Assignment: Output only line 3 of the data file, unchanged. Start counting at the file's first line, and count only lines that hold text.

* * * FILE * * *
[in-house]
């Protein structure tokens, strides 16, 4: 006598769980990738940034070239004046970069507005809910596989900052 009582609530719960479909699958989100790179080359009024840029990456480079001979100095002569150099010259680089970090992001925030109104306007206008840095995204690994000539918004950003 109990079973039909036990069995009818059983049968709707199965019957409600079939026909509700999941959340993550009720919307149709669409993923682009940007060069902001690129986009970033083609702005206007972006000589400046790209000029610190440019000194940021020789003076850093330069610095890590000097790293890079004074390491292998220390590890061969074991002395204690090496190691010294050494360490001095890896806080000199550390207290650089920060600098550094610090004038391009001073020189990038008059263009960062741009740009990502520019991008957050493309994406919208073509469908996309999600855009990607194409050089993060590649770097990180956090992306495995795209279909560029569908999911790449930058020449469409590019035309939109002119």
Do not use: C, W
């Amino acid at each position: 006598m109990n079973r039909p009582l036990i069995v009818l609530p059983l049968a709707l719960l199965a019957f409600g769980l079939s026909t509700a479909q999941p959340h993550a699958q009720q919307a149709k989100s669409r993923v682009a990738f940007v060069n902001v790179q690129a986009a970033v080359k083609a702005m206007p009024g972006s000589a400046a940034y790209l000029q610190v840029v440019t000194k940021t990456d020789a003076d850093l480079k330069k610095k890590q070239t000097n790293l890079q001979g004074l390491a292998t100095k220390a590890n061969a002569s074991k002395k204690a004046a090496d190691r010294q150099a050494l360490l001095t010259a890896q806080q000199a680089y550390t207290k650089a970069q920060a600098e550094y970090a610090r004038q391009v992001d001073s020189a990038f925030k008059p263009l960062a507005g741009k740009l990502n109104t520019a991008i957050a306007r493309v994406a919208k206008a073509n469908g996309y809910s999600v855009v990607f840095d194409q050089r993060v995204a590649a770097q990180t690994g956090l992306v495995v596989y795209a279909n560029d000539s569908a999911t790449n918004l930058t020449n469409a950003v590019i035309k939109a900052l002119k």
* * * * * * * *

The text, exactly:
Do not use: C, W